Death by POD

Disquieting rumours bouncing around the literary web. Apparently, Authonomy has announced it is going to start a self-publishing option. From top Authonomy author Alexander:

Yesterday, HC sent me a note offering me the chance to put my books up as POD (Print on Demand or Publish on Demand) books on authonomy. Soon, according to the email, all books on authonomy will be available as POD books but for now only ‘a few early adopters’ have been offered the opportunity – and a ‘gift’ of the first 10 books free.

Working with blurb.com, authonomy will add a button to each book’s page, which currently allows you to read the book, watchlist the book or back the book. They’ll add ‘buy the book’.

Which potentially means that the whole exercise was purely about populating a new POD site with a community of unpublished authors who can now upload their books to sell them, at an unusually expensive cost to the author per book (limiting the profitability for the writer), to people who come clicking to the site.

Like I’ve said, I think Authonomy works. There are three people who’ve received book deals from it, agents do use it and, even if it is just a social networking site for writers, you can get some good critiques and read some very good fiction. And remember that HarperCollins doesn’t have, and shouldn’t have, an obligation to publish anyone on that site.

But Authonomy is like Wikipedia: you need to be aware of its limitations, nicely ennumerated at the ‘How Publishing Really Works’ blog. These are: the best don’t necessarily rise to the top because ranking depends on networking, not on talent; that this can make for an atmosphere of mutual backslapping that stifles criticism; and that time spent networking on Authonomy is time that you haven’t spent writing.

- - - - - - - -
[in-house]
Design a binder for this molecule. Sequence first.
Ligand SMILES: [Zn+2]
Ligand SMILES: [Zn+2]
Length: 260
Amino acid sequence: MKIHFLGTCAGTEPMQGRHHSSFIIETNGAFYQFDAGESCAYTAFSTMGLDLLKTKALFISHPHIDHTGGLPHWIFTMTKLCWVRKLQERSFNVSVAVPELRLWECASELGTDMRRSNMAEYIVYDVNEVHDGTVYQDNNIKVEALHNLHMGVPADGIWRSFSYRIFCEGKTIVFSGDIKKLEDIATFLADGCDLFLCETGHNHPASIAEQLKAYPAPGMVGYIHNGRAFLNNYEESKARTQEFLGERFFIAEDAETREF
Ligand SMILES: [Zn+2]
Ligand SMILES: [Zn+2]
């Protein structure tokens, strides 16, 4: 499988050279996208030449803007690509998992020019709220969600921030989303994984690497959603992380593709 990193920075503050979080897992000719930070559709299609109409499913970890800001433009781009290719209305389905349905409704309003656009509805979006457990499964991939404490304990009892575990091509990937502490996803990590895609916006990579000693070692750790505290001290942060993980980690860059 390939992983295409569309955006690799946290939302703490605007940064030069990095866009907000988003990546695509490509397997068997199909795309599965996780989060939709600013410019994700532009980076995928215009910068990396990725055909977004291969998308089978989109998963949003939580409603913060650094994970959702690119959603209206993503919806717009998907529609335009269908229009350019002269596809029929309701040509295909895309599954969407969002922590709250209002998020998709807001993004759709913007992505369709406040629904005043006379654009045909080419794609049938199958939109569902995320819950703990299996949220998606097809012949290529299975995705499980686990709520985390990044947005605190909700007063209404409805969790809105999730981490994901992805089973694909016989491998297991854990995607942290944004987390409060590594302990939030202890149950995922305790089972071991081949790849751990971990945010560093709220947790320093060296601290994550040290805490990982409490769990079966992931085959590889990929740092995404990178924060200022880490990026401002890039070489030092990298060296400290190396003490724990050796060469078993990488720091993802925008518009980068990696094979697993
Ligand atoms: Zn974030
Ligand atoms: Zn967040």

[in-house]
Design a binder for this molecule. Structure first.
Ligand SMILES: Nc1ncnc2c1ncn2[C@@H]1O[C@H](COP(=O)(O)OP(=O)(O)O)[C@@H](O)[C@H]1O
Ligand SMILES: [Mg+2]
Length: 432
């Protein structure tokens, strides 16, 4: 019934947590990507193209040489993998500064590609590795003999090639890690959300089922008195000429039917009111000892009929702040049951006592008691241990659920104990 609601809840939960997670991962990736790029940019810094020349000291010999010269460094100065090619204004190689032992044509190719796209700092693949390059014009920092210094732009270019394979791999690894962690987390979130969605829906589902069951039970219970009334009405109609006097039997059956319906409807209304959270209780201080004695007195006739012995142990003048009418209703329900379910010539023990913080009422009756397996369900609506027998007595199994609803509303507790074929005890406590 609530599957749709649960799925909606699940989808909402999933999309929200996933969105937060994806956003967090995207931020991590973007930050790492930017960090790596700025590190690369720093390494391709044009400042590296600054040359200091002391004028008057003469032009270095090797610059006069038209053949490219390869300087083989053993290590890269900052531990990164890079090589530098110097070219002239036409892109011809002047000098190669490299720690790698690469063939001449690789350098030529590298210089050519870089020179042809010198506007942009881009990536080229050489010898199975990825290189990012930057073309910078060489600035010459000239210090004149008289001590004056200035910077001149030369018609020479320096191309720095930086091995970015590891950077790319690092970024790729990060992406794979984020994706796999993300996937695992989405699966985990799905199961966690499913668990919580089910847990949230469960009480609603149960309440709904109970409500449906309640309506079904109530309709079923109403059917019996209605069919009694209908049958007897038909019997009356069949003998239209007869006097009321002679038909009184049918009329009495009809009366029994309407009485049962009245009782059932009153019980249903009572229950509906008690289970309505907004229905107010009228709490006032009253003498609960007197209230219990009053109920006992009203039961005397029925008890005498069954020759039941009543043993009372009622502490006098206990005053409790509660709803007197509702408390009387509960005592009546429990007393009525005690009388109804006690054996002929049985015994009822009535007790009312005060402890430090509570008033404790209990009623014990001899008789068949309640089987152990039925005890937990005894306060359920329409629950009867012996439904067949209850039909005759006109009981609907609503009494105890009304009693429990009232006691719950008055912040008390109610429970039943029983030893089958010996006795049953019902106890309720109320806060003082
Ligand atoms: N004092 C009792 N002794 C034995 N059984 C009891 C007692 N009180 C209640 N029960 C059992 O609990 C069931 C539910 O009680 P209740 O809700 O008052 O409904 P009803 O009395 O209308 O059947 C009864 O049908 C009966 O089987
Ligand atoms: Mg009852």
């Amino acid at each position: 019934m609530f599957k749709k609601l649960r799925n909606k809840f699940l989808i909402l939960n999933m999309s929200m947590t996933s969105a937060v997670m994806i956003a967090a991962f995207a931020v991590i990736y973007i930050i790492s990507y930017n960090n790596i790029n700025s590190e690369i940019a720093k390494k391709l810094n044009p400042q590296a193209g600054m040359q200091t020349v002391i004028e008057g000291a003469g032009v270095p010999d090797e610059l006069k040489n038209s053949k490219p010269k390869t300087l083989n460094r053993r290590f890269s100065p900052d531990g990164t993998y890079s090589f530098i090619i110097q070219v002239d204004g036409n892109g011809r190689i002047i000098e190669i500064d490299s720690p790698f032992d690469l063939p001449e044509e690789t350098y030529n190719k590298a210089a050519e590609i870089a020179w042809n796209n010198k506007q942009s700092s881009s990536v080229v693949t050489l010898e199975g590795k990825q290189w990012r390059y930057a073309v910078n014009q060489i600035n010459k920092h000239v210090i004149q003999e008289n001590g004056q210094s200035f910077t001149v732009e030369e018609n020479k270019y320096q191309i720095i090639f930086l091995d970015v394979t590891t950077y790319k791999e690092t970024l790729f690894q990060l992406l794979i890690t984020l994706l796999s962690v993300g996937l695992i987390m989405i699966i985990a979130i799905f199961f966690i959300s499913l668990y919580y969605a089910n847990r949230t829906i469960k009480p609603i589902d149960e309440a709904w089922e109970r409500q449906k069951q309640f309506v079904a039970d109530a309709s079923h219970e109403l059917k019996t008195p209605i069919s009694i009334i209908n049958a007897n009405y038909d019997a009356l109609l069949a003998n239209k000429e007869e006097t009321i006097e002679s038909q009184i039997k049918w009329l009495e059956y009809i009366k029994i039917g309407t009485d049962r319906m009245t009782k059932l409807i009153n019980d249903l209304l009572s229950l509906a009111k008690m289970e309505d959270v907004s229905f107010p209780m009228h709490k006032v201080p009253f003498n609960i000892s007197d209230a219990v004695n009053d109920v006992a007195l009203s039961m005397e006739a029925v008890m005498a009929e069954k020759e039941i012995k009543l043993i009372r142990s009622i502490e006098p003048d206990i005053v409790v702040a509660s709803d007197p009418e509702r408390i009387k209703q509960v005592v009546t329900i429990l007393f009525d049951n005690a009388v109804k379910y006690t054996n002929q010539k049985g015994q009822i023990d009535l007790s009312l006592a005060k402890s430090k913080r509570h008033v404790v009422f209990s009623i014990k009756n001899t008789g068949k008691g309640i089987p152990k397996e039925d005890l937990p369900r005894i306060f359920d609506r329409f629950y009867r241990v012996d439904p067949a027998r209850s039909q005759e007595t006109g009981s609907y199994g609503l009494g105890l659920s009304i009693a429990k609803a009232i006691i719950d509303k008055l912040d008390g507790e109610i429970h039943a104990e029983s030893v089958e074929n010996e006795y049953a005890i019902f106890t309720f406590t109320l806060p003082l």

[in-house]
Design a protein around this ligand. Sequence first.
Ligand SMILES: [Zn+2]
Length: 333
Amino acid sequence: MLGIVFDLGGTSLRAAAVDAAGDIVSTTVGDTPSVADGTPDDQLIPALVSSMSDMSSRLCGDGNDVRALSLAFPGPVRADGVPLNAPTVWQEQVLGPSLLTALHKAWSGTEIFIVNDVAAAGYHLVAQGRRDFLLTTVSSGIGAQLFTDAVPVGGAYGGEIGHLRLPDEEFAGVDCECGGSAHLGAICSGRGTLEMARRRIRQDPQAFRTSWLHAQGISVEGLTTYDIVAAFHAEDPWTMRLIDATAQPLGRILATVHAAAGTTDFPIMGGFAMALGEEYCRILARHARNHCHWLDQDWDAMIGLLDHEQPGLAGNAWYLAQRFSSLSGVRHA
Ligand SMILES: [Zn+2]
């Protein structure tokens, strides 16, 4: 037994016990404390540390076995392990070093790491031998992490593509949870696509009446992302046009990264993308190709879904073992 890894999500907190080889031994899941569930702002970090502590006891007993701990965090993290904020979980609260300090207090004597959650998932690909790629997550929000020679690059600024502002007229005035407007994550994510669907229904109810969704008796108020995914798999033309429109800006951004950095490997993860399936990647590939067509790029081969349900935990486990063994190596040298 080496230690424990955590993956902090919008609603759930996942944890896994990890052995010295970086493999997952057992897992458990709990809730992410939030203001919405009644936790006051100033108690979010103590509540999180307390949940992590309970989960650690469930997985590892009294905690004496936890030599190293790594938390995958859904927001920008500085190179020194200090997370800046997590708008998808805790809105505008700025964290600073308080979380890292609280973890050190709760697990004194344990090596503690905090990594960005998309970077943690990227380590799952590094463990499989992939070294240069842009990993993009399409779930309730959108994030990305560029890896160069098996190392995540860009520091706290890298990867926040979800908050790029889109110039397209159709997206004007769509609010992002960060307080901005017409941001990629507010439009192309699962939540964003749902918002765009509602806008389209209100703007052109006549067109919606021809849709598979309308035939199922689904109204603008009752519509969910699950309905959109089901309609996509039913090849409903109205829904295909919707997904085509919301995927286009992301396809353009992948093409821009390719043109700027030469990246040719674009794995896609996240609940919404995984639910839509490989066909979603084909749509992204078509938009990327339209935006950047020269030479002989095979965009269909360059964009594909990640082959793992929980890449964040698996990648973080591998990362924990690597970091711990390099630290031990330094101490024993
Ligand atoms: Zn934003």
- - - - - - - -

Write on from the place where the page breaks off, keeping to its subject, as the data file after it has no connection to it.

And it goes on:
But like I say, if you’re aware of these issues Authonomy is a great site. But this new development alarms me. Alexander goes on to say this:

This was arguably never about publishing contracts or talent spotting. It was never about ‘Beating the Slushpile’, as authonomy claims in its graphics and claimed in its original ‘blurb’. It was about creating a POD site so that Harper Collins could hedge its bets against the ‘new revolution’ of Internet based publishing and digital publishing.

The fact is that POD and self publishing is nothing more than twenty-first century vanity publishing – a complete dead end. I suppose it has its uses – like if you want to produce an edition of Valentine’s poems for your girlfriend – but for distributing fiction it is not worth considering. As the HPRW blog author says:

Authonomy’s implication that self-publishing could be a stepping-stone to commercial success was seen by some as misleading because, while it’s true that some writers have done well by self-publishing, the majority of self-published authors flounder in relative obscurity and fail to make any significant sales.

Basically: I don’t like the way the wind’s blowing, I don’t like the apparent absence of any formal statement by HarperCollins about this move and I’m not going to associate with a site that even has self publishing as an option. So I’m going to take down my book from Authonomy and delete my profile. It was great while it lasted, but: caveat scriptor.

caveat-emptor

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15 Responses to “Death by POD”

  1. Anonymous Says:

    oh no i hadn’t finished reading it!

  2. maxdunbar Says:

    I can always send chapters by email if people are that desperate to read it.

  3. Anonymous Says:

    The information you have posted here is totally incorrect.

    The original blog post from Alexander is full of misinformation.

    He obviously didn’t read the email from hc properly and jumped to conclusions.

    Please see the official response from hc for further info

    http://www.authonomy.com/Forum/Posts.aspx?forumId=2&threadId=12409&pageNumber=29#anchorpostid251924

  4. Jane Smith Says:

    Max, thanks for quoting me: I’m glad to be of use! Just one point: you wrote,

    “There are three people who’ve received book deals from it”

    This isn’t quite the case: one of the writers which Authonomy has signed was submitted to HarperCollins by her agent and bought in December: it was subsequently placed on Authonomy; and another of the three had self-published his book through Matador, and came to HC’s attention at least partly because of his success at promoting it.

    I’ve also posted, now, on the oddness of Authonomy choosing Blurb as its POD provider: let’s just say that I don’t think Blurb is the most obvious choice, for several reasons.

    I shall now go and read a bit more of your blog. Thanks again for linking to me: I hope to see you commenting over at my place soon.

  5. maxdunbar Says:

    Anonymous

    Thanks for posting here.